Optimising a layered port security system



Dr. Paul Bjorkholm, Senior Scientist, Varian Medical Systems, Las Vegas, NV, USA



Today, there are many different security inspection technologies available. These technologies may be combined in an attempt to achieve a better result. How the systems are combined strongly affects the results achieved, and different applications may require different combinations. This paper will examine several examples.

There are three major applications for screening technology today: Revenue enhancement, contraband detection, and nuclear weapons of mass destruction detection (WMD). Several technologies that can be used are: Portal monitors, gamma ray imagers, high-energy X-ray imagers, and neutron systems. Matching the application and the technology correctly is critical.

Revenue enhancement

The goal of this application is to detect undeclared or misrepresented goods in the normal flow of commerce and recover unpaid duties. Over time, in many cases, the recovered duties exceed the cost of ownership, so the initial investment in this technology is recouped and exceeded. Because the mission is not safety critical, a missed detection is not a serious problem. Only an imaging system can yield the data required to compare the container contents to the cargo manifest. Therefore the appropriate technologies here are high-energy X-ray imaging and possibly gamma imaging. The choice will depend on the type of cargo traffic at a given port. Gamma systems are best at imaging empty or lightly loaded containers while high-energy X-rays are capable of imaging all containers. However the X-ray systems are typically 1.5 to 3 times more expensive than the gamma systems. Assume for the moment that a gamma system can detect undeclared and/or misrepresented goods in containers with a detection efficiency of 100% in lightly loaded containers and 1% in very heavily loaded containers. Then the actual detection rate will depend on the distribution of container densities but in a typical cargo flow this might be less than 50%. If, however, a high-energy X-ray system can detect 100% of the undeclared or misrepresented goods it will clearly have a bigger payback. The optimal choice of technology in this case depends on the maximum enhancement dollars available.

When computing the cost of ownership of a system, it is important to compare the sum of the yearly operation plus the initial purchasing costs. Both types of systems have similar costs for manning and this turns out to be a large fraction of the cost of ownership. As an example, assume the gamma system costs $1million and the X-ray system costs $3million (these numbers are purely examples) and both require a three-person crew to operate. Although the acquisition costs differ by a factor of three, the yearly cost of ownership for the X-ray system is actually only about 50% more than the gamma system. Since the X-ray system will detect contraband or other prohibited cargo more than twice as often, the economics favour it.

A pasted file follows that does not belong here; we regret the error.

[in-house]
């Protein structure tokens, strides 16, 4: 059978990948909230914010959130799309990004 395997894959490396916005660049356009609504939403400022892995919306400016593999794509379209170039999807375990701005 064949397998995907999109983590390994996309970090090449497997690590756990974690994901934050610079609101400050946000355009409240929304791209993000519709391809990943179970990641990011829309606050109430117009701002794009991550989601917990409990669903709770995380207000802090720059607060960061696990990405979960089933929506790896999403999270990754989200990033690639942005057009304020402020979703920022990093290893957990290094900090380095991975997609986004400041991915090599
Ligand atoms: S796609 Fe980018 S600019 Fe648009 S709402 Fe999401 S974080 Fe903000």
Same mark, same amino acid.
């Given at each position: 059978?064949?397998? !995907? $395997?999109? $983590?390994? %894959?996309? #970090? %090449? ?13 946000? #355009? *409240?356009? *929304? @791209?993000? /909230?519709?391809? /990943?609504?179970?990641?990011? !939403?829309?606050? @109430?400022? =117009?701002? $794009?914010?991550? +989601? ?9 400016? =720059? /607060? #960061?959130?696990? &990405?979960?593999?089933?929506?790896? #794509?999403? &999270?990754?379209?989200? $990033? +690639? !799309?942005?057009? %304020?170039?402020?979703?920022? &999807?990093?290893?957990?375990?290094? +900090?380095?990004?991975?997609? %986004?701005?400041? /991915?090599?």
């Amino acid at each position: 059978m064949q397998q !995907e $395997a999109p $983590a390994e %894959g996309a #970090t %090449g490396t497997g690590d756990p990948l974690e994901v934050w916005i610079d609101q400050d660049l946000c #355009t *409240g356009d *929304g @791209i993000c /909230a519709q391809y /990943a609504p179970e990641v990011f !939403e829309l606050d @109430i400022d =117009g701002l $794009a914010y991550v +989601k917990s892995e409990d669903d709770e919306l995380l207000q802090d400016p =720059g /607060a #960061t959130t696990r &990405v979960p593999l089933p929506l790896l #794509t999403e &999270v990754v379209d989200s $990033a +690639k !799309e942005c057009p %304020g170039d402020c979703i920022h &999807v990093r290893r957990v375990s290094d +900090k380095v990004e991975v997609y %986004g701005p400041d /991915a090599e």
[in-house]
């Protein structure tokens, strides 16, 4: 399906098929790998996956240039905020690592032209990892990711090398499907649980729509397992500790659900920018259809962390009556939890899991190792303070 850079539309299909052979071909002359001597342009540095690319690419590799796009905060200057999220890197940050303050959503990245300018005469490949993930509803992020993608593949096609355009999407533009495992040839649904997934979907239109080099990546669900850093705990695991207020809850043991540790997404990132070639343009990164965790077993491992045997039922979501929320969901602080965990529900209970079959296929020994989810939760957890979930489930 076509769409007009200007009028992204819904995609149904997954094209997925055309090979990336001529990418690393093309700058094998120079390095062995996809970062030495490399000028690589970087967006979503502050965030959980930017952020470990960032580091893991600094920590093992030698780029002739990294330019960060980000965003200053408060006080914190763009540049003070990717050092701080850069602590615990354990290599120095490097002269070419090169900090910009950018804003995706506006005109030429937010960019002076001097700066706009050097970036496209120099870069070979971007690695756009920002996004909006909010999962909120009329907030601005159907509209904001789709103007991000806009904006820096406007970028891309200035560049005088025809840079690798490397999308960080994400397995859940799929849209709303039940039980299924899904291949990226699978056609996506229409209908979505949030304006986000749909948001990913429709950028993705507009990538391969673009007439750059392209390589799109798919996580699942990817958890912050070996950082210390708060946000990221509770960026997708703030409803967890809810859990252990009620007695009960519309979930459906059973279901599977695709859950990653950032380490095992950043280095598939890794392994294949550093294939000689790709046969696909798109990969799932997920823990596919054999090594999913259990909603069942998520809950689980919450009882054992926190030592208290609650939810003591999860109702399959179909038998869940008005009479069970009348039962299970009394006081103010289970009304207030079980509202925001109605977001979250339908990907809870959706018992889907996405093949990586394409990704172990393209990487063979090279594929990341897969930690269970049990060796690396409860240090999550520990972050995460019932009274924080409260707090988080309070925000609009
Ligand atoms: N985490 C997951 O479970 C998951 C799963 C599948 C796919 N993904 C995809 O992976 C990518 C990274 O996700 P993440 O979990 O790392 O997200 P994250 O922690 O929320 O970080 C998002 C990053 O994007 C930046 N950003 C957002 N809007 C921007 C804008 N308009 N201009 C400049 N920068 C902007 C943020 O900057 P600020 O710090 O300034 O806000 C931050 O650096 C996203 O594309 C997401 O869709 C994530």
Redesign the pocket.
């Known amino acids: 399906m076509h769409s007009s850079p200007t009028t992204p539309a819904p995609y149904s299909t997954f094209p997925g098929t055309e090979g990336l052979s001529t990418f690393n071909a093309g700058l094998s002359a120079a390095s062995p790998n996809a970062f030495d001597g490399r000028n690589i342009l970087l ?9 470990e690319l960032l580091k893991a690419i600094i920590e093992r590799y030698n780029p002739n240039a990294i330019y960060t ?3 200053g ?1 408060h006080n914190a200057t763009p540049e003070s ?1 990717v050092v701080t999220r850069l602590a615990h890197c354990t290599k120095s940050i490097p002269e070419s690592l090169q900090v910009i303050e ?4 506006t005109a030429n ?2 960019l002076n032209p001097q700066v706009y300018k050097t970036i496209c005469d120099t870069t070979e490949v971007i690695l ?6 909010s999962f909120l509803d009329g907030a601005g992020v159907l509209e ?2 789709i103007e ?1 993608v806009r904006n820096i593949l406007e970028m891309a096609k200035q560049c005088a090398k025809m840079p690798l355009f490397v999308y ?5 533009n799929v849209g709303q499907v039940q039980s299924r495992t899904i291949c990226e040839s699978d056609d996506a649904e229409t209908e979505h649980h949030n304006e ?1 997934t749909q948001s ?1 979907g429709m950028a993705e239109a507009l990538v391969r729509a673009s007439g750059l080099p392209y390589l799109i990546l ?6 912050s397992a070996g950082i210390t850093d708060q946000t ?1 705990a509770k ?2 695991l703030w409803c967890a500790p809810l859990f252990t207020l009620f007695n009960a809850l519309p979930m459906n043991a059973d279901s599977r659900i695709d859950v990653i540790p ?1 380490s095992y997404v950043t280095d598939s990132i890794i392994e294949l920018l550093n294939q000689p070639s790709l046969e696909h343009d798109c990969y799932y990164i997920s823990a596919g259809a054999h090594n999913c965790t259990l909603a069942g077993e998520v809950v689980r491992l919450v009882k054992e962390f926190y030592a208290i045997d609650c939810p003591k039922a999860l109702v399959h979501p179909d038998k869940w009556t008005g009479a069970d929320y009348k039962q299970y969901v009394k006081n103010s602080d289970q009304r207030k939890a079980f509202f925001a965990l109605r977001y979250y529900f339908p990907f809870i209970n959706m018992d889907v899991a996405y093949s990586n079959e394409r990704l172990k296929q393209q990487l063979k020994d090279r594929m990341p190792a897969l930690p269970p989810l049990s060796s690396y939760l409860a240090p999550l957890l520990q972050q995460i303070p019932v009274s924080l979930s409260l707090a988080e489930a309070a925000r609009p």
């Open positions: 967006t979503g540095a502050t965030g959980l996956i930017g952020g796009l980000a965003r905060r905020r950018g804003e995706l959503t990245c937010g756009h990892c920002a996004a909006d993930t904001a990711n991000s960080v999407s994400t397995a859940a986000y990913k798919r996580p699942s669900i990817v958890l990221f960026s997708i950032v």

Contraband detection

The goal here is to interdict goods deemed dangerous to society such as drugs or conventional weapons. The payback mechanism in this application is not easy to calculate. For drugs, interdiction increases the street prices of the drugs. If there is economic compliance it reduces drug usage and associated health and law enforcement costs. For conventional weapons, the payback is realised in terms of a reduction in the cost of fighting street crime and/or civil war. Screening for these purposes typically requires a government commitment (“war on drugs”). Often the costs of a missed detection are very high but limited in scope. The emphasis in this application depends on the political perception of the threat. In the United States’ “war on drugs” officials realised that it was virtually impossible to completely stop the flow of drugs and only partially effective technologies were deployed. These slowed the flow of drugs at a modest cost.

Weapons of mass destruction

The goal of this application is to prevent the introduction of nuclear weapons into a country. Clearly, any use of such a weapon in a port environment would cause a serious disruption of worldwide trade, with immense economic and human consequences. Any process for detecting WMD’s must accomplish two things: Prevent their ever reaching a target country, and do this successfully every time. If a WMD were actually to reach a target country, then the risk would be immense, requiring only detonation to cause unthinkable damage. This understanding is what informs the structure of the United States’ Container Security Initiative (CSI). Under CSI, the intention is to discover any threat before it is shipped to US soil by inspection at the port of embarkation. Needless to say, a single incident is unacceptable. This means that any inspection regime must guarantee 100% detection.

Nevertheless, successful inspections for WMD’s must occur in the normal stream of commerce, which cannot be disrupted. If inspection results in a significant reduction in the flow of commerce, then, like terrorism, it causes serious economic penalties. The remainder of this paper will look at how to optimise an inspection regime under these constraints.


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